The Giving Garden creates beautiful, natural and edible landscapes to enjoy all four seasons, installed and maintained with minimal impact on the environment.
PLANTS : under construction!
RECIPES (mostly from the garden!)
Author Archives: The Giving Garden
Once the fruits are produced in July, they rapidly mature and are ready to be picked in late August-September. They store extremely well untouched, however; this fall I decided to prepare all my squash ahead of time and store in the freezer so that I could whip up some quick and easy, delicious dishes, like coconut curry butternut squash soup, in a pinch. This soup is nutritious and tasty, and it chases aways the winter duldrums. Continue reading
Unexpected clouds, a camera on hand, mixed with spontaneity equals an enchanting woodland hike… Continue reading
Pink is one of those colors that give people a visceral reaction, either for or against. Although widely accepted in early spring, pink is often overlooked in the fall. Perhaps the stark winter landscape contributes to our hunger for bursts of riotous color early in the year. But what about autumn? Suggesting pink in the fall garden seems a pretty unlikely way to turn people on to pink, but I’d like to plead its case. Continue reading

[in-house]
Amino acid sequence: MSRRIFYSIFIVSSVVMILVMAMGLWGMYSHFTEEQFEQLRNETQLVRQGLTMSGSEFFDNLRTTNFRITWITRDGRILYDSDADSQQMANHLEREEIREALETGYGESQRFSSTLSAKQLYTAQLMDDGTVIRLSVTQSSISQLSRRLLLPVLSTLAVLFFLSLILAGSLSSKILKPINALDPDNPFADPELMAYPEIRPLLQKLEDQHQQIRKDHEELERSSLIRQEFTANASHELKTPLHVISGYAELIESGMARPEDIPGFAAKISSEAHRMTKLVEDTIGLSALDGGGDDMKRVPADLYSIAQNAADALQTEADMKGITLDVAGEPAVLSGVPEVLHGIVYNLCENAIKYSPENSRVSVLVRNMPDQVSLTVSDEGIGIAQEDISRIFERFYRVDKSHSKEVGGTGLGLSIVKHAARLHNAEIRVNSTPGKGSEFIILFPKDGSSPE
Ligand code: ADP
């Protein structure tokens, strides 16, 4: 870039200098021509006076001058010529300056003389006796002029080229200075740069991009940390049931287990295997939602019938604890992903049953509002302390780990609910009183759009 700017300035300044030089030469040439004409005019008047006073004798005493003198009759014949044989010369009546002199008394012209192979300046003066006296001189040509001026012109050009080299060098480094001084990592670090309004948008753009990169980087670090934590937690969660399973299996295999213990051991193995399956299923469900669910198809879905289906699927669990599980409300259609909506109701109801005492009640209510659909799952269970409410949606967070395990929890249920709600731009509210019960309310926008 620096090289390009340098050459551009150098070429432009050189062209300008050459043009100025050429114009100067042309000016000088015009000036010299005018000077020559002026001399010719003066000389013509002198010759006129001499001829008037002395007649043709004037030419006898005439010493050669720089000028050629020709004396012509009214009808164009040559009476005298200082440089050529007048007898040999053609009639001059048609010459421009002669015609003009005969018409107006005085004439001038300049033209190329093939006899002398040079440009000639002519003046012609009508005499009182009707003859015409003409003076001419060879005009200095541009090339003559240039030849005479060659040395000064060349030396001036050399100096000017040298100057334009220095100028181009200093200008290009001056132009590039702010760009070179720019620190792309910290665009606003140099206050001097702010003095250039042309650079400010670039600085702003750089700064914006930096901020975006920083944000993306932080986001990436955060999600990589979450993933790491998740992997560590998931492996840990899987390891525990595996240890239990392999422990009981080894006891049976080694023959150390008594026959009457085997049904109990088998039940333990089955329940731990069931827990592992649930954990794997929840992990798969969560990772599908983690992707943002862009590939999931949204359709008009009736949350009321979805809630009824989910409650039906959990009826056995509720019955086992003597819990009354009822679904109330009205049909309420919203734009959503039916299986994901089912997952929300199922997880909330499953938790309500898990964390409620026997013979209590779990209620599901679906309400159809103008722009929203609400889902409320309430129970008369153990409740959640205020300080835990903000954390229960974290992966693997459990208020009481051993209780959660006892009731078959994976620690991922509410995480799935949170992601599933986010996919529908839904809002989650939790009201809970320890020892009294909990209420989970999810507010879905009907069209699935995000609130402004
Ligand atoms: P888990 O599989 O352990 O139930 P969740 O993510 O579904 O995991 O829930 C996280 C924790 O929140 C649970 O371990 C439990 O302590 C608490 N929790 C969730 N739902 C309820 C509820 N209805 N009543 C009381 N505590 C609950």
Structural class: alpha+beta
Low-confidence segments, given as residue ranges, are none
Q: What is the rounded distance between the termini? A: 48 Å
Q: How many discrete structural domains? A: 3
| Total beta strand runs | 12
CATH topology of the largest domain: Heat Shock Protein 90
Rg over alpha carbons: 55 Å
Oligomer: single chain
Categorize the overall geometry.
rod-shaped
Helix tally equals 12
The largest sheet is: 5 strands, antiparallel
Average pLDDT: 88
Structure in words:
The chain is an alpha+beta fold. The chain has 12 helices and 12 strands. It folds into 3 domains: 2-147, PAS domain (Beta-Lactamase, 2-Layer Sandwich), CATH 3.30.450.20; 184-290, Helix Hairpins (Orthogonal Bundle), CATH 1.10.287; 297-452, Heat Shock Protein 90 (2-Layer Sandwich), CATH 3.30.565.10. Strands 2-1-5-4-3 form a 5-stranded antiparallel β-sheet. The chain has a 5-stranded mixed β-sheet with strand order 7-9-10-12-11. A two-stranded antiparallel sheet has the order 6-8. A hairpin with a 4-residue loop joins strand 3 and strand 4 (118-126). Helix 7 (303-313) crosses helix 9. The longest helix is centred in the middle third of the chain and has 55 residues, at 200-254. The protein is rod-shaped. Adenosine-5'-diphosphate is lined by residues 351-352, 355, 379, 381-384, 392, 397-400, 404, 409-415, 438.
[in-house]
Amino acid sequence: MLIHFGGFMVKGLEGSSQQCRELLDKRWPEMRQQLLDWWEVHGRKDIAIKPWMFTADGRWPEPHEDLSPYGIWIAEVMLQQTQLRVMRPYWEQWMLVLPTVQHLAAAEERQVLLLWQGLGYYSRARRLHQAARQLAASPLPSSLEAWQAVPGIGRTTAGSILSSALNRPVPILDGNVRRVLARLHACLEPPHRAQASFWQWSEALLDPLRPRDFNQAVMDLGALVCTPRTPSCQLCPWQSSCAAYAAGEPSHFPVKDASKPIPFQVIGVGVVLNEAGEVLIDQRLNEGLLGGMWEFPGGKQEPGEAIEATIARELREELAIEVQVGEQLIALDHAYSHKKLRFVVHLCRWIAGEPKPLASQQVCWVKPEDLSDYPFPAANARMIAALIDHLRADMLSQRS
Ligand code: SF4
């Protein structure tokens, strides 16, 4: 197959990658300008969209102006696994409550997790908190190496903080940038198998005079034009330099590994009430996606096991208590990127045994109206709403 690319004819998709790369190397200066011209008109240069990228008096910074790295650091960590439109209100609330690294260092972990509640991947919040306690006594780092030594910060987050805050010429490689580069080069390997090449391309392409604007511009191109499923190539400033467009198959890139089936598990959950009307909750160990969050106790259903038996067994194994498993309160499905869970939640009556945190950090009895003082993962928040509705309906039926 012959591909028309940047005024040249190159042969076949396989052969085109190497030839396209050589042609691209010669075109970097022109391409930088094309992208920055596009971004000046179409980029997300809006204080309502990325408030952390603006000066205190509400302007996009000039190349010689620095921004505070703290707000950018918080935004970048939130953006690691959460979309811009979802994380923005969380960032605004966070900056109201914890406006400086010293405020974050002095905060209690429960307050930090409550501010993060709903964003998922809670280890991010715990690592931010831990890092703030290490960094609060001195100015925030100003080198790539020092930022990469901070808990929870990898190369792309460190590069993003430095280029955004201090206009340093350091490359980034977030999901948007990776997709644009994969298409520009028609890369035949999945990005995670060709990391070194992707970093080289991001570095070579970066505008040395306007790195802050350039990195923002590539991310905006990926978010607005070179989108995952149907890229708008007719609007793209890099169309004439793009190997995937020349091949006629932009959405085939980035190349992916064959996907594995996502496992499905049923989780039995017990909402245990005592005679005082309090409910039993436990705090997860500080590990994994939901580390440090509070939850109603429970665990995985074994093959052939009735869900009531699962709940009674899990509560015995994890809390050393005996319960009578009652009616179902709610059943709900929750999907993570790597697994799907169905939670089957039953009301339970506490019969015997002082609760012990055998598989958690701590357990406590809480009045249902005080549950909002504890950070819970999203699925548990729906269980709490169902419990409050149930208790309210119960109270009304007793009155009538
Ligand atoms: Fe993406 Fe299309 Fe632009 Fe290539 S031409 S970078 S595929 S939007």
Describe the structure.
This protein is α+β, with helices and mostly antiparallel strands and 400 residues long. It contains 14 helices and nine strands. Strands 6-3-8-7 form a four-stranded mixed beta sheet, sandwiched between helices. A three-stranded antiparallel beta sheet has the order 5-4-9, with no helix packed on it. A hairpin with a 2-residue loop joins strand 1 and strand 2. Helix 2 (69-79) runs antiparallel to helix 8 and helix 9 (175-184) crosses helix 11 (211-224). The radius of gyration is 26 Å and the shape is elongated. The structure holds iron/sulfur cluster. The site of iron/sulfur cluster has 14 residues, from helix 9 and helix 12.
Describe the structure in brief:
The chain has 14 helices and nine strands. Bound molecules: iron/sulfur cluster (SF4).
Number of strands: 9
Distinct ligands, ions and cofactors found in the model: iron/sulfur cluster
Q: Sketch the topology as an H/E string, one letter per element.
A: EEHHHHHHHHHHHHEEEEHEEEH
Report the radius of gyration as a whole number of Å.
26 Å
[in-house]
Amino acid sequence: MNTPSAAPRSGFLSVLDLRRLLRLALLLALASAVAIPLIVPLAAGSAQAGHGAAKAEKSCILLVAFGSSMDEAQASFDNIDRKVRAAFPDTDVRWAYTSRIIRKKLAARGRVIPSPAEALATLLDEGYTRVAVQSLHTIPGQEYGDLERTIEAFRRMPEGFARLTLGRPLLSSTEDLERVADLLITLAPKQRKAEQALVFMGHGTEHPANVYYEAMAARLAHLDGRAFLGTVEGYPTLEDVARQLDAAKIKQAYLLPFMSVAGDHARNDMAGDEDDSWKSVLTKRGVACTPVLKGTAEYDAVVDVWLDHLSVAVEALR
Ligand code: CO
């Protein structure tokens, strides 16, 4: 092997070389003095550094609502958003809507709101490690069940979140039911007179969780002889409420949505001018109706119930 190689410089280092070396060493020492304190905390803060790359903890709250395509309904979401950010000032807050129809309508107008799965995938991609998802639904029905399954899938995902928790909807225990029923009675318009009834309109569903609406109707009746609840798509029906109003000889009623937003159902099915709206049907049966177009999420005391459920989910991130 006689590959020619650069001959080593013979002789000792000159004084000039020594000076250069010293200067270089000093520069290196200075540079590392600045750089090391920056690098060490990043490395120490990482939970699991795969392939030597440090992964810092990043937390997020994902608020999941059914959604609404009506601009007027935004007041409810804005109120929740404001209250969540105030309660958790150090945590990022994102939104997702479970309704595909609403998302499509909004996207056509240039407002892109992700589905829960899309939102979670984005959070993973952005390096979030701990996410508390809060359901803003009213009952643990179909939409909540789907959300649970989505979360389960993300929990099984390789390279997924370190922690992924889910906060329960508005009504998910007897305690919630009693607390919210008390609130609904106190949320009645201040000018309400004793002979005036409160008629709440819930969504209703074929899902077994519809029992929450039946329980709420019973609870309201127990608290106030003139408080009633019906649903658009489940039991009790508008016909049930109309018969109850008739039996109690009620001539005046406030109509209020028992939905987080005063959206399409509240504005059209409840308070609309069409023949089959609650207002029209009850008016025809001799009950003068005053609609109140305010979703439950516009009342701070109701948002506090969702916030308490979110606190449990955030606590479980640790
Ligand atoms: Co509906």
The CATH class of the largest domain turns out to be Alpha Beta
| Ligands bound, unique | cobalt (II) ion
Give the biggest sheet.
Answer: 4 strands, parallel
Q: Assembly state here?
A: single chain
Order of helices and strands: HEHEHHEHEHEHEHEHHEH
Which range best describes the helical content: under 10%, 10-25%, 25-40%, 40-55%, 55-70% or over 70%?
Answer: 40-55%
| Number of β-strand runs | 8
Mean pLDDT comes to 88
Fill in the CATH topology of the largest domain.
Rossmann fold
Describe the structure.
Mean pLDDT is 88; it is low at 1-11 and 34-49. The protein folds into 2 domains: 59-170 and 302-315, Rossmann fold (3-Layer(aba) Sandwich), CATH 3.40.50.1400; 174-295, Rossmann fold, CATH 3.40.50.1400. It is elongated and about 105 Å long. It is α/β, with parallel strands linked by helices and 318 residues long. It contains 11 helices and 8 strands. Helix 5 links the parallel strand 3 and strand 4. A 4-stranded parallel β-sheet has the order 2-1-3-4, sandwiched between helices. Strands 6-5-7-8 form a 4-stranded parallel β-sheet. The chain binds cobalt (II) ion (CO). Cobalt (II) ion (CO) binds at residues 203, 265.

Potatoes are also easy to grow, but having nowhere to store them, I decided to make soup and freeze it so that we could enjoy it throughout the winter. The first recipe I tried was a savory success. It combined a few homegrown ingredients, leeks and potatoes, as well as some dried chile’s that I had on hand from last years harvest, living up to its nickname of poor man’s soup. Continue reading
Located at the southernmost tip of New Jersey, Cape May Point is not only a fabulous place to enjoy the ocean, but this tiny beach town is home to tons of wildlife. Home of Cape May Point State Park, a prime destination for viewing birds, butterflies, dragonflies (swarms actually), ghost crabs, painted turtles, and bottlenose dolphin. If you are craving more wildlife, just a small bike trip north of Cape May Point lies The South Cape May Meadows Preserve, a newly restored coastal ecosystem managed by the Nature Conservancy. Both places are well-known to avid birders, but they are a haven for plant lovers as well.